Public Relations is not propaganda
Many think public relations involves spinning the truth into something grotesque. Some PR practitioners invoke the dark art of manipulating media to push an agenda. However, effective PR or public relations today builds trust, not fake news.
When fake news dominates however, mistrust reigns. More people do not trust spiritual institutions, the mainstream media, politicians, and social networks anymore.
And this lack on trust and confidence impacts even our health. Take a look at how people behave during the present novel coronavirus crisis in China and the Philippines.
Panic v. 2019 NCoV
Note that mistrust has gripped not just China especially in how government handled today’s novel coronavirus or the 2019 NCoV. The death of the 34-year-old doctor Li Wenliang further fueled the global alarm. Among the first to send out through the social media app Weibo about the novel coronavirus, the Chinese police nabbed Li for “rumor mongering.” Mistrust, even panic and sinophobia, reign as well in the Philippines.
Early last year, the Philippines fought one of the world’s worst measles outbreak when the country nearly eliminated the disease some 15 years ago. The archipelago had over 33,000 cases and 466 deaths from the vaccine-preventable disease. Among other causes, the outbreak has been driven by distrust of vaccines.
Build trust and credibility
“Public relations is the art of telling your story to the right people in the right way. It willingly turns its back on publicity that seeks ink at all cost.” This is what marketing guru Seth Godin asserted in his iconic “This is Marketing.”
For Godin, there are marketers that seek publicity only. However, serious PR professionals find it more important to pursue the establishment of good relationships among various stakeholders.
Good relationships means the existence of trust. The PR professional needs to be credible and trusted among the stakeholders to be effective in forging such good relationships. However, how can such a PR professional earn trust if he engages in propaganda and fake news?
Instead, he or she should be believed in preparing or delivering an authentic and credible story.
The PR professional, in helping a client become a thought leader for example, needs to be authentic and credible himself. He or she should be competent or well-informed on the subject at hand and has a reputation of trustworthiness. The PR man or lady should not be at the bottom of the credibility totem.
However, building trust means consistently being seen and perceived as an authentic, credible, trustworthy, and competent. And don’t fret. This is the easiest to live with.
A trusted PR professional can make a promise and keep it. In the process, he or she earns more trust. He or she can tell stories that people listen to, then earn more trust. PR builds trust, not fake news.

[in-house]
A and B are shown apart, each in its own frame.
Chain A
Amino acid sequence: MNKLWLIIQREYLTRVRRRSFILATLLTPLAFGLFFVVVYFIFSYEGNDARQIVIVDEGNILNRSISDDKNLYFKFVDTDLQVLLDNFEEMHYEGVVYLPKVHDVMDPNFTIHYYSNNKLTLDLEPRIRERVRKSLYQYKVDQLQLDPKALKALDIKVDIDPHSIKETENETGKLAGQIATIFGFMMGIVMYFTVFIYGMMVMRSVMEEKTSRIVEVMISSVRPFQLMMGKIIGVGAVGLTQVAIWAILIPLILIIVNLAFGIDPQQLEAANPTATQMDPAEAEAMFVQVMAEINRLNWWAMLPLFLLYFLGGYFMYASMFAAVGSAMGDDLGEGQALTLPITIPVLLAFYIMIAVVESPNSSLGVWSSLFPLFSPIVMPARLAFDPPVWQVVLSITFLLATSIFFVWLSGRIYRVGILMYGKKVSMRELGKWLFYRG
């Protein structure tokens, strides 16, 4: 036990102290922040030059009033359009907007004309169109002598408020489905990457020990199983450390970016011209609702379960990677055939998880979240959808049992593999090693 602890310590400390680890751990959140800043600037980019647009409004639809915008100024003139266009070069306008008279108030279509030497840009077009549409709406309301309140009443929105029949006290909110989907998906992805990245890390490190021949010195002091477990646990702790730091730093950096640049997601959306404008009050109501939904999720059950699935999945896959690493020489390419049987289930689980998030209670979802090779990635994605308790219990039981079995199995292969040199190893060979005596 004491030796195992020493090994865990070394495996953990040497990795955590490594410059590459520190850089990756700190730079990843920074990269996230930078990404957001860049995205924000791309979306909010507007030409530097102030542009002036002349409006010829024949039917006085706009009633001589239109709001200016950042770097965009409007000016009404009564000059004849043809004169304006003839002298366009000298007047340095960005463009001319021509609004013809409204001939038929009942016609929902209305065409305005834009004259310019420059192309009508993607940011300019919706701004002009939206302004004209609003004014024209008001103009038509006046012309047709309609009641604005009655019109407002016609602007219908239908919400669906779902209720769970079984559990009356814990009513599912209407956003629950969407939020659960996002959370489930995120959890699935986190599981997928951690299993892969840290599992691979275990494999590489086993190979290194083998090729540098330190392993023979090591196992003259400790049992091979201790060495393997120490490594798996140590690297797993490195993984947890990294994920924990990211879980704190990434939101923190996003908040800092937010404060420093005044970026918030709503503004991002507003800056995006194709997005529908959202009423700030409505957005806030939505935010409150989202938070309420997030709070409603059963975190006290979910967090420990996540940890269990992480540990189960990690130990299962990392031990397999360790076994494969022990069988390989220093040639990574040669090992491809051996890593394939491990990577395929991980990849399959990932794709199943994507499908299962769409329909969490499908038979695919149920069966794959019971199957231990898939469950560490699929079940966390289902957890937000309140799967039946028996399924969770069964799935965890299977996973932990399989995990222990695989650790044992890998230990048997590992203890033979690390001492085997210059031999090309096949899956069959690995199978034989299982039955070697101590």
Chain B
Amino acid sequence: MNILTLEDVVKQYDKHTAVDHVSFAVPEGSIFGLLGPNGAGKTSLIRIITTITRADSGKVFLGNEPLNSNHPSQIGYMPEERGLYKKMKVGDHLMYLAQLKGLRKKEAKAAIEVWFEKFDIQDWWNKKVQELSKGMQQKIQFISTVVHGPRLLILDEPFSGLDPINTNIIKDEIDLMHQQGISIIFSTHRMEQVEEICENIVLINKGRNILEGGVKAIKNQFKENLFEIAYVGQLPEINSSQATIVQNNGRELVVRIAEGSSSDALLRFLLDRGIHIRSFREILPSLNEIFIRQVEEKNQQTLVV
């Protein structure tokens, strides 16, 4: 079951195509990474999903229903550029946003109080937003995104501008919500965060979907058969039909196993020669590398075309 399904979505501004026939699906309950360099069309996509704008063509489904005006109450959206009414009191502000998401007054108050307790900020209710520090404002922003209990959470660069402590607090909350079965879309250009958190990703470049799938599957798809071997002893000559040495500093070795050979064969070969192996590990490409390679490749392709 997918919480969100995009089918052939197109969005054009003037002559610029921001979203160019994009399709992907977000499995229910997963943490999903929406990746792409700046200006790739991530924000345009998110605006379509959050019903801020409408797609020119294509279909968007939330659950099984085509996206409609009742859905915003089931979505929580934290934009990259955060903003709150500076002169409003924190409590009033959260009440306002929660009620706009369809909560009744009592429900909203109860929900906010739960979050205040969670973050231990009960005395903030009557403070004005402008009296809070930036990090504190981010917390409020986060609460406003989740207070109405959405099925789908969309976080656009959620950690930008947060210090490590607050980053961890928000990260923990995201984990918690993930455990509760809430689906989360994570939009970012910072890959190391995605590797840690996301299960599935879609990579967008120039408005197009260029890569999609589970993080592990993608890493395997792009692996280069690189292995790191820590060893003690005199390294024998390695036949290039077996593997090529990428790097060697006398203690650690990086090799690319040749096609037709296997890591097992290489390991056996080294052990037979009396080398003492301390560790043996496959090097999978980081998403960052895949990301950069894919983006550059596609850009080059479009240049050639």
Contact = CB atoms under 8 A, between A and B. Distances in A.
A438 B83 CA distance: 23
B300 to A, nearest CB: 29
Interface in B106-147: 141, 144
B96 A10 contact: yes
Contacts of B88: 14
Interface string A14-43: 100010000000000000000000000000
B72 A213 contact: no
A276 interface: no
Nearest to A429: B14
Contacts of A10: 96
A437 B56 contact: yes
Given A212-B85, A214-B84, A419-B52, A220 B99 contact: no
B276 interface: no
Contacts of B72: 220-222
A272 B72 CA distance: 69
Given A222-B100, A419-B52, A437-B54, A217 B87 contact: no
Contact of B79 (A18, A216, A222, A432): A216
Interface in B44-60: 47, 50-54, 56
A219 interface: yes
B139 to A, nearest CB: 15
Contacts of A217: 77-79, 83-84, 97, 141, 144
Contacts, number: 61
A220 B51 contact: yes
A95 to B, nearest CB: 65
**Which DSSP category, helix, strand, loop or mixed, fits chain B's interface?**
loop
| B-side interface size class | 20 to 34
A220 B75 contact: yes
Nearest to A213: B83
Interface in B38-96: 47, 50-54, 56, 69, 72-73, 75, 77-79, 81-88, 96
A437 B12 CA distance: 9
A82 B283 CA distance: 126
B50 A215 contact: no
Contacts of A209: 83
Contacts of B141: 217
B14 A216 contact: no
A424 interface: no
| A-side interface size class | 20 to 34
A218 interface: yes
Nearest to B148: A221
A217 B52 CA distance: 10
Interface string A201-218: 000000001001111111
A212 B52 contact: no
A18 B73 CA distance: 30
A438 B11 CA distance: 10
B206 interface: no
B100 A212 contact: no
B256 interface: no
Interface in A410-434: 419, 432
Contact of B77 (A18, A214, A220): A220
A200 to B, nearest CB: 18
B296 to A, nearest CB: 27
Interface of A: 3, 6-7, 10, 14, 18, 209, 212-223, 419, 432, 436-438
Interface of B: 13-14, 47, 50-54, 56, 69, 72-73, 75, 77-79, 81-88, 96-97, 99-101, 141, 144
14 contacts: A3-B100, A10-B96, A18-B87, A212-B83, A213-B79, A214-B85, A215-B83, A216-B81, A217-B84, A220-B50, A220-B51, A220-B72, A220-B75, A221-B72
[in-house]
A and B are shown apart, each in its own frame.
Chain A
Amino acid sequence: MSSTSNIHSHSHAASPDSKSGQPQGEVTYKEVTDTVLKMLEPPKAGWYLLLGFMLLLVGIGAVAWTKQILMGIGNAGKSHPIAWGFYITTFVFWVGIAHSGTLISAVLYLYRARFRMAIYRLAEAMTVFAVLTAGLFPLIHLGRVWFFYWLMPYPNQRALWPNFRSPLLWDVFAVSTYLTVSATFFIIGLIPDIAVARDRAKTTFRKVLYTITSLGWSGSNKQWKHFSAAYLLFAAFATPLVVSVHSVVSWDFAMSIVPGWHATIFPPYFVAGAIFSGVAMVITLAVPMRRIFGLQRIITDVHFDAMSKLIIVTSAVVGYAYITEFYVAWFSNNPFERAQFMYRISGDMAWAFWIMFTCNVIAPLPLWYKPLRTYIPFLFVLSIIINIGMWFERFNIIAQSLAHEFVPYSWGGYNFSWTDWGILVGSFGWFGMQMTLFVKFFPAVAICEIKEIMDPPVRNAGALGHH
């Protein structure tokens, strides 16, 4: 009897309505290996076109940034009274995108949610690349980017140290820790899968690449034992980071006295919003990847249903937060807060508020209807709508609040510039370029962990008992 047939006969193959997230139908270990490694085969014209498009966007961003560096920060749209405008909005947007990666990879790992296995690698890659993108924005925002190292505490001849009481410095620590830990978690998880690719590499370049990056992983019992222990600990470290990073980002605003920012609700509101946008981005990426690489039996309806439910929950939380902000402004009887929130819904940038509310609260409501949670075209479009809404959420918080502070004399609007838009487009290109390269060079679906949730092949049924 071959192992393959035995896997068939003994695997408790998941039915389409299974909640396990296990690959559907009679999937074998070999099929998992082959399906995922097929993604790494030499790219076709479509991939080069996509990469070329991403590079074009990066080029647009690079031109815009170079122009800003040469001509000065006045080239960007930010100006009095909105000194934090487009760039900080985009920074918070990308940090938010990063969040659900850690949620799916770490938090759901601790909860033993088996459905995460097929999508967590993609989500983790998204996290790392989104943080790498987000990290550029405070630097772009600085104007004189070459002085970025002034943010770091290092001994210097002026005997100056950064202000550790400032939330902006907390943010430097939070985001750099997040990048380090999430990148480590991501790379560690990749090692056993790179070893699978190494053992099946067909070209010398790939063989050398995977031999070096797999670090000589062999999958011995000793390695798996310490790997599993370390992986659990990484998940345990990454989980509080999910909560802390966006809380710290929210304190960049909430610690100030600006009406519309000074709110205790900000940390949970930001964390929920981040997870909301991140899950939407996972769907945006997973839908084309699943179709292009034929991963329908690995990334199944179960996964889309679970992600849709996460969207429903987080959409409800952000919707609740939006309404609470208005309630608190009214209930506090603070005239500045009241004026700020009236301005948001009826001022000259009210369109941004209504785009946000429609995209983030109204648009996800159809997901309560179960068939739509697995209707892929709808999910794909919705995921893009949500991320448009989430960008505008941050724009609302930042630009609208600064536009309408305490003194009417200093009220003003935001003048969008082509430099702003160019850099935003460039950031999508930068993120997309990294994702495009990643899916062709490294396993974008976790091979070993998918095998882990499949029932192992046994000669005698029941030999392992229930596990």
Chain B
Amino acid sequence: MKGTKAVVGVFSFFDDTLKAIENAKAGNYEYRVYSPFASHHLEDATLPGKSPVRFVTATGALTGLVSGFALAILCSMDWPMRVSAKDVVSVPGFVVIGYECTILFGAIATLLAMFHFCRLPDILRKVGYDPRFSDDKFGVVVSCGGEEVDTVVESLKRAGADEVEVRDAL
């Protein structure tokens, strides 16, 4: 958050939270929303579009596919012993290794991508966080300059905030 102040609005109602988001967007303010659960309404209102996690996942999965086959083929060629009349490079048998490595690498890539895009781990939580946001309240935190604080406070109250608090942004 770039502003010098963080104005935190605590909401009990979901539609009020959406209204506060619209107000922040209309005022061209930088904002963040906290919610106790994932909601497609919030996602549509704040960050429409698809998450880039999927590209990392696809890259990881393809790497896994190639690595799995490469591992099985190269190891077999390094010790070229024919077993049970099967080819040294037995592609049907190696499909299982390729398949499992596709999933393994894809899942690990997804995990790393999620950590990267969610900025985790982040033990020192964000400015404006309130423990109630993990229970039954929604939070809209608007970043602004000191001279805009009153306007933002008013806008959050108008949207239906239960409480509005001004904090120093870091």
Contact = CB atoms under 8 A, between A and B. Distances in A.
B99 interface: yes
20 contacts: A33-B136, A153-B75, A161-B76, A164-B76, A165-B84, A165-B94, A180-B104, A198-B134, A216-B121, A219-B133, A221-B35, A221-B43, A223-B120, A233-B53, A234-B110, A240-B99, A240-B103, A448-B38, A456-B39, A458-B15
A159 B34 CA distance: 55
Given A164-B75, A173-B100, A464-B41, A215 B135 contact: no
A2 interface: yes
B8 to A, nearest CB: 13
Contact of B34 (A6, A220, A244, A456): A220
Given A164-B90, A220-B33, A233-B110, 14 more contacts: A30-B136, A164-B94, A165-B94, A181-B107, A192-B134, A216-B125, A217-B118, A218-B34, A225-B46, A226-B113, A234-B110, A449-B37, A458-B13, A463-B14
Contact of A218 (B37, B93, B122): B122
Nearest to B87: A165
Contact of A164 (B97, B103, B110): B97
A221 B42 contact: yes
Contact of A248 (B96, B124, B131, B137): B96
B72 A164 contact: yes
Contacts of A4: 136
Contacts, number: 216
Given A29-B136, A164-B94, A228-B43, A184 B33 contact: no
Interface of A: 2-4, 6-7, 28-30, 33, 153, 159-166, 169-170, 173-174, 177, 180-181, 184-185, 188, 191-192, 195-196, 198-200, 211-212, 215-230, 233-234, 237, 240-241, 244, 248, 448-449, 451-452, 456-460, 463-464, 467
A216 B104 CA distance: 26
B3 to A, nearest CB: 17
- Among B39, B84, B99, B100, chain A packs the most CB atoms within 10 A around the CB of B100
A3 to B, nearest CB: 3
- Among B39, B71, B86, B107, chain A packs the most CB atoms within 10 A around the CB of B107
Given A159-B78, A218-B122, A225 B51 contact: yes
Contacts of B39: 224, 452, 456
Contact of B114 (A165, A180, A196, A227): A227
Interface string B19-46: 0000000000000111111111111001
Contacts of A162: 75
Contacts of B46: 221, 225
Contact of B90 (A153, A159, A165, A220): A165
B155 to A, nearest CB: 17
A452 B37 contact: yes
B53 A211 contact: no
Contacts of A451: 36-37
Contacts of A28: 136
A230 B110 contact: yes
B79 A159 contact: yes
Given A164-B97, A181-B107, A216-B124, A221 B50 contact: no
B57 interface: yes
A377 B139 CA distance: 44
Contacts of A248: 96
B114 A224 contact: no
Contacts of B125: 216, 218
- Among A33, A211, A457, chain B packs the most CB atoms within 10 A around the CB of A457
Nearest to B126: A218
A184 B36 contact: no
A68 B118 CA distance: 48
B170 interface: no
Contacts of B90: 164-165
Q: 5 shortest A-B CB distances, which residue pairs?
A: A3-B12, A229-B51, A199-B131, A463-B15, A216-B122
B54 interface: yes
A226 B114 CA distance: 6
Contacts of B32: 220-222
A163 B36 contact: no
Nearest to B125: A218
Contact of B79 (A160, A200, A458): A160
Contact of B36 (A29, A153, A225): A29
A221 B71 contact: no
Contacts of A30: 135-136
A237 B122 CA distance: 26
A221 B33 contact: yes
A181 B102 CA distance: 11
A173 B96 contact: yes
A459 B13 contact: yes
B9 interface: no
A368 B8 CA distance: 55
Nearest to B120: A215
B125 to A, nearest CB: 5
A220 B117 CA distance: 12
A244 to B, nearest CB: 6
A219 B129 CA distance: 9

Shun fake news
“Fake news are stories that seemed true but are actually false,” said Christina Nagler in an article published by the Harvard Summer School.
During the Cold War, people call spreading fake stories as disinformation and misinformation. Earlier in World War II, Hitler and Goebbels refer to fake news campaigns as propaganda. But the rise of social media and President Donald Trump of the United States popularized the term and actual use of fake news in business, politics, even war.
James Carson of The Telegraph constitutes a good read:
How to spot fake news?
In an environment of mistrust and fake news, responsible Netizens will fact check first before sharing so-called news. Here’s what Facebook advised us:
Another resource for checking if a post is fake news or not:
Build trust, not fake news
Trust is critical to the practice of public relations. One can’t practice public relations, especially on the point of forging relationships, without credibility and trust. To gain this trust, one must trust others. Trust becomes reciprocal. And one must also be trustworthy.
On one hand, influence or even using communication for self-serving interests would damage trust. On the other hand, trust requires years of consistent actions.
Yes, trust is a long game. Trust takes years to build and seconds to destroy. The key to building trust involves a long-term brand strategy that embraces authenticity, credibility and provability.
PRworks Inc., believes in public relations that seeks to manage perceptions, accelerate growth, and uplift lives. Managing perceptions does not mean engaging in media manipulation, propaganda and fake news. Helping a client make news or defend reputations does not mean going into deception and making stuff up. Helping a client does not include doing fake news.
Public relations help craft the client’s authentic story upon which strong relationships with stakeholders are built. Effective PR builds trust, not fake news.
Related: Earn trust in the era of fake news
Here are some resources about trust and PR, social media wars, manipulating media
and persuading where facts don’t matter.
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